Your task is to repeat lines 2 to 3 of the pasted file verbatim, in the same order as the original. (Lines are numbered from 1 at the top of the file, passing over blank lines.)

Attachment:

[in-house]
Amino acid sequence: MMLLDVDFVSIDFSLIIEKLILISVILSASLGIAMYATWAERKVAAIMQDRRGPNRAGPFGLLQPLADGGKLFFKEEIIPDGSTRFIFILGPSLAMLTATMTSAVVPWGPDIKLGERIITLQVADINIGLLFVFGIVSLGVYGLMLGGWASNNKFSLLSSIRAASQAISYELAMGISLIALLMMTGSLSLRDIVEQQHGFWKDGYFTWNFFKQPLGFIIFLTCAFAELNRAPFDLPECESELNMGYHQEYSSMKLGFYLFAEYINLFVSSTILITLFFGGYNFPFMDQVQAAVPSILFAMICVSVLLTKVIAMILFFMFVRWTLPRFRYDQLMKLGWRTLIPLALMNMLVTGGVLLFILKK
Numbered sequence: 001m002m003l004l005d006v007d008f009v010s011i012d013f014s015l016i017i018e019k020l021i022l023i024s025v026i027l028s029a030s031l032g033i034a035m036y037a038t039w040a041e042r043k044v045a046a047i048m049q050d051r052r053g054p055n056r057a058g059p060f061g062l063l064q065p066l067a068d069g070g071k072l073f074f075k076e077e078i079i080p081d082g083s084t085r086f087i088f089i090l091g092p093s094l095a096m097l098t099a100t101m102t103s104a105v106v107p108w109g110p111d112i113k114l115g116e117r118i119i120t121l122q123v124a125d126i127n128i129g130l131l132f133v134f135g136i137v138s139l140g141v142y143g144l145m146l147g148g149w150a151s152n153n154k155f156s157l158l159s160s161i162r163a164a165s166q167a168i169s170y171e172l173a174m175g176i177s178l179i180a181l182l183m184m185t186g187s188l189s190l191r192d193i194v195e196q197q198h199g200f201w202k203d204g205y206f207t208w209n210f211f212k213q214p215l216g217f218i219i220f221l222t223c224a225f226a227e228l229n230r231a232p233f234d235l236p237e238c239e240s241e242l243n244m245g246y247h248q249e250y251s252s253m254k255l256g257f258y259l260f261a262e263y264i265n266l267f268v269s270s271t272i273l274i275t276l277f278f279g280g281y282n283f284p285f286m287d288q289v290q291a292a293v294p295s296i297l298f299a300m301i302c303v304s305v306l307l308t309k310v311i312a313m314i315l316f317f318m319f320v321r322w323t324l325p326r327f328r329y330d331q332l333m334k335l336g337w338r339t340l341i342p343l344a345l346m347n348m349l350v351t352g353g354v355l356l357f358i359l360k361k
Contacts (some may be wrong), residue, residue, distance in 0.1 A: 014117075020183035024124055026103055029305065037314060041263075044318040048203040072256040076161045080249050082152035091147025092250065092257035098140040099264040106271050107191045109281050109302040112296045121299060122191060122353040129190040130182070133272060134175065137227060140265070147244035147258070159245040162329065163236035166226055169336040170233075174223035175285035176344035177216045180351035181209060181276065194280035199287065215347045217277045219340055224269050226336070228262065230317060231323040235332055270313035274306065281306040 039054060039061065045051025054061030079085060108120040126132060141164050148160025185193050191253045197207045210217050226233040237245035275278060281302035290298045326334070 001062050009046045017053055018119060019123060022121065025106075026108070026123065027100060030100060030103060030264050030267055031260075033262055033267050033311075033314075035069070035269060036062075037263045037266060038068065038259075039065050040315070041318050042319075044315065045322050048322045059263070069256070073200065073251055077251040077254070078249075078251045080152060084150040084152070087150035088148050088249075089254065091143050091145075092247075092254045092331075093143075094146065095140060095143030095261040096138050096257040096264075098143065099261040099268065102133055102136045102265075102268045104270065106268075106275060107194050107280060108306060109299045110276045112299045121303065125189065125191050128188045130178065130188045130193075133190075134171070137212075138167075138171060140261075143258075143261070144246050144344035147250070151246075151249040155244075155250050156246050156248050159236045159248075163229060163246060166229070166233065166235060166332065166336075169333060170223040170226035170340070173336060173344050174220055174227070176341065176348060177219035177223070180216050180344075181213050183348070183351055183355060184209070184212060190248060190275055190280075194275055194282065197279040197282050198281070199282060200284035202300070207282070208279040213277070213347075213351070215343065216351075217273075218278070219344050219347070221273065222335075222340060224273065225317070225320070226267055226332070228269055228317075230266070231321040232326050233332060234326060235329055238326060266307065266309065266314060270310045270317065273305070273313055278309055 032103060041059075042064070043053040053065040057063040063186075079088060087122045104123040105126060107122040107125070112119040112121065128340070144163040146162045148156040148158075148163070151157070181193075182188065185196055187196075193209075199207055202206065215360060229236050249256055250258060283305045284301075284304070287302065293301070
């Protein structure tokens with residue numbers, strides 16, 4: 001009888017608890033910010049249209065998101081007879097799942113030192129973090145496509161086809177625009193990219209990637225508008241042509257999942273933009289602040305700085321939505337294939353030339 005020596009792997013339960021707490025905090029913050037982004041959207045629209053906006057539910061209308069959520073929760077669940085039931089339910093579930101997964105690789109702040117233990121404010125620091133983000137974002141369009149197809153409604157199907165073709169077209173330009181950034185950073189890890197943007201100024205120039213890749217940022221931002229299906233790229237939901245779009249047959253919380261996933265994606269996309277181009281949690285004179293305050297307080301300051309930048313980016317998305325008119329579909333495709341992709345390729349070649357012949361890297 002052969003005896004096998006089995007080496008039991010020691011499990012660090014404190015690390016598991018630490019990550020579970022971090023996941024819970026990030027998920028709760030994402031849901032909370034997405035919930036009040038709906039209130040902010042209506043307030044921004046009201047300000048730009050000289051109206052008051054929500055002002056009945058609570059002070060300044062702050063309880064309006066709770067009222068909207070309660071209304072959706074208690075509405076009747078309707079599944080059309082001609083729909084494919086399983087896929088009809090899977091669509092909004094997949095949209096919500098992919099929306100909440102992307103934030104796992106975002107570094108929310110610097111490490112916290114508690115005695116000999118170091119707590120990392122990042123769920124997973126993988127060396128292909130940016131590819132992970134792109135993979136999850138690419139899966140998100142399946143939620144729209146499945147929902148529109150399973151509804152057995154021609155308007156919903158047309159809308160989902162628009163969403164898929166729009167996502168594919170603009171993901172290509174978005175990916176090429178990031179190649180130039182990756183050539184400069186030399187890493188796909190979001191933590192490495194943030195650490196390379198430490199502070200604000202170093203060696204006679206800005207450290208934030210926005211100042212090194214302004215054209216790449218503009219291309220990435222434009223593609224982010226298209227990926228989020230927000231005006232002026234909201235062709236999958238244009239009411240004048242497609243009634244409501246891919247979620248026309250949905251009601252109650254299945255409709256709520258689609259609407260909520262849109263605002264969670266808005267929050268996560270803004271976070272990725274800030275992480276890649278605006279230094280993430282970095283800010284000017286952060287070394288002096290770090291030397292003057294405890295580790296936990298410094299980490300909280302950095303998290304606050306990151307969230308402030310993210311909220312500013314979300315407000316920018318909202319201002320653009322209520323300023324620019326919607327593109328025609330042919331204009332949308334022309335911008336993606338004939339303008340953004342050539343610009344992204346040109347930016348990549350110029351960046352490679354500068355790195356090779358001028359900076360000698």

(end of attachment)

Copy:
Amino acid sequence: MMLLDVDFVSIDFSLIIEKLILISVILSASLGIAMYATWAERKVAAIMQDRRGPNRAGPFGLLQPLADGGKLFFKEEIIPDGSTRFIFILGPSLAMLTATMTSAVVPWGPDIKLGERIITLQVADINIGLLFVFGIVSLGVYGLMLGGWASNNKFSLLSSIRAASQAISYELAMGISLIALLMMTGSLSLRDIVEQQHGFWKDGYFTWNFFKQPLGFIIFLTCAFAELNRAPFDLPECESELNMGYHQEYSSMKLGFYLFAEYINLFVSSTILITLFFGGYNFPFMDQVQAAVPSILFAMICVSVLLTKVIAMILFFMFVRWTLPRFRYDQLMKLGWRTLIPLALMNMLVTGGVLLFILKK
Numbered sequence: 001m002m003l004l005d006v007d008f009v010s011i012d013f014s015l016i017i018e019k020l021i022l023i024s025v026i027l028s029a030s031l032g033i034a035m036y037a038t039w040a041e042r043k044v045a046a047i048m049q050d051r052r053g054p055n056r057a058g059p060f061g062l063l064q065p066l067a068d069g070g071k072l073f074f075k076e077e078i079i080p081d082g083s084t085r086f087i088f089i090l091g092p093s094l095a096m097l098t099a100t101m102t103s104a105v106v107p108w109g110p111d112i113k114l115g116e117r118i119i120t121l122q123v124a125d126i127n128i129g130l131l132f133v134f135g136i137v138s139l140g141v142y143g144l145m146l147g148g149w150a151s152n153n154k155f156s157l158l159s160s161i162r163a164a165s166q167a168i169s170y171e172l173a174m175g176i177s178l179i180a181l182l183m184m185t186g187s188l189s190l191r192d193i194v195e196q197q198h199g200f201w202k203d204g205y206f207t208w209n210f211f212k213q214p215l216g217f218i219i220f221l222t223c224a225f226a227e228l229n230r231a232p233f234d235l236p237e238c239e240s241e242l243n244m245g246y247h248q249e250y251s252s253m254k255l256g257f258y259l260f261a262e263y264i265n266l267f268v269s270s271t272i273l274i275t276l277f278f279g280g281y282n283f284p285f286m287d288q289v290q291a292a293v294p295s296i297l298f299a300m301i302c303v304s305v306l307l308t309k310v311i312a313m314i315l316f317f318m319f320v321r322w323t324l325p326r327f328r329y330d331q332l333m334k335l336g337w338r339t340l341i342p343l344a345l346m347n348m349l350v351t352g353g354v355l356l357f358i359l360k361k